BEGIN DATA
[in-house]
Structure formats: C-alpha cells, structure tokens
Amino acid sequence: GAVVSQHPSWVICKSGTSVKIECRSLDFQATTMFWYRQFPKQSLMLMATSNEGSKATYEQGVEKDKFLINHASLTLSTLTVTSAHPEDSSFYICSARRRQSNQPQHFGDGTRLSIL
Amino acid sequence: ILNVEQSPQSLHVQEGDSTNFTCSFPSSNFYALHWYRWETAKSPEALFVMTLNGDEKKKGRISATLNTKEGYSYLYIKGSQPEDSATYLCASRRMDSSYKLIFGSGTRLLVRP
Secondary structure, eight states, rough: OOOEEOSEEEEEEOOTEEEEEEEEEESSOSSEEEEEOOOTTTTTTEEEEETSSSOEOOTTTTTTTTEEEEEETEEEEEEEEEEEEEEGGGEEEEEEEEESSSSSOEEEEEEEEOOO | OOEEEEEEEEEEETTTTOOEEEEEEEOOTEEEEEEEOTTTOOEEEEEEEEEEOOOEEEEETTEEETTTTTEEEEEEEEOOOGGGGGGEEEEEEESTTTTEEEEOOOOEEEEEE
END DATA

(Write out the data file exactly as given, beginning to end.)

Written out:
[in-house]
Structure formats: C-alpha cells, structure tokens
Amino acid sequence: GAVVSQHPSWVICKSGTSVKIECRSLDFQATTMFWYRQFPKQSLMLMATSNEGSKATYEQGVEKDKFLINHASLTLSTLTVTSAHPEDSSFYICSARRRQSNQPQHFGDGTRLSIL
Amino acid sequence: ILNVEQSPQSLHVQEGDSTNFTCSFPSSNFYALHWYRWETAKSPEALFVMTLNGDEKKKGRISATLNTKEGYSYLYIKGSQPEDSATYLCASRRMDSSYKLIFGSGTRLLVRP
Secondary structure, eight states, rough: OOOEEOSEEEEEEOOTEEEEEEEEEESSOSSEEEEEOOOTTTTTTEEEEETSSSOEOOTTTTTTTTEEEEEETEEEEEEEEEEEEEEGGGEEEEEEEEESSSSSOEEEEEEEEOOO | OOEEEEEEEEEEETTTTOOEEEEEEEOOTEEEEEEEOTTTOOEEEEEEEEEEOOOEEEEETTEEETTTTTEEEEEEEEOOOGGGGGGEEEEEEESTTTTEEEEOOOOEEEEEE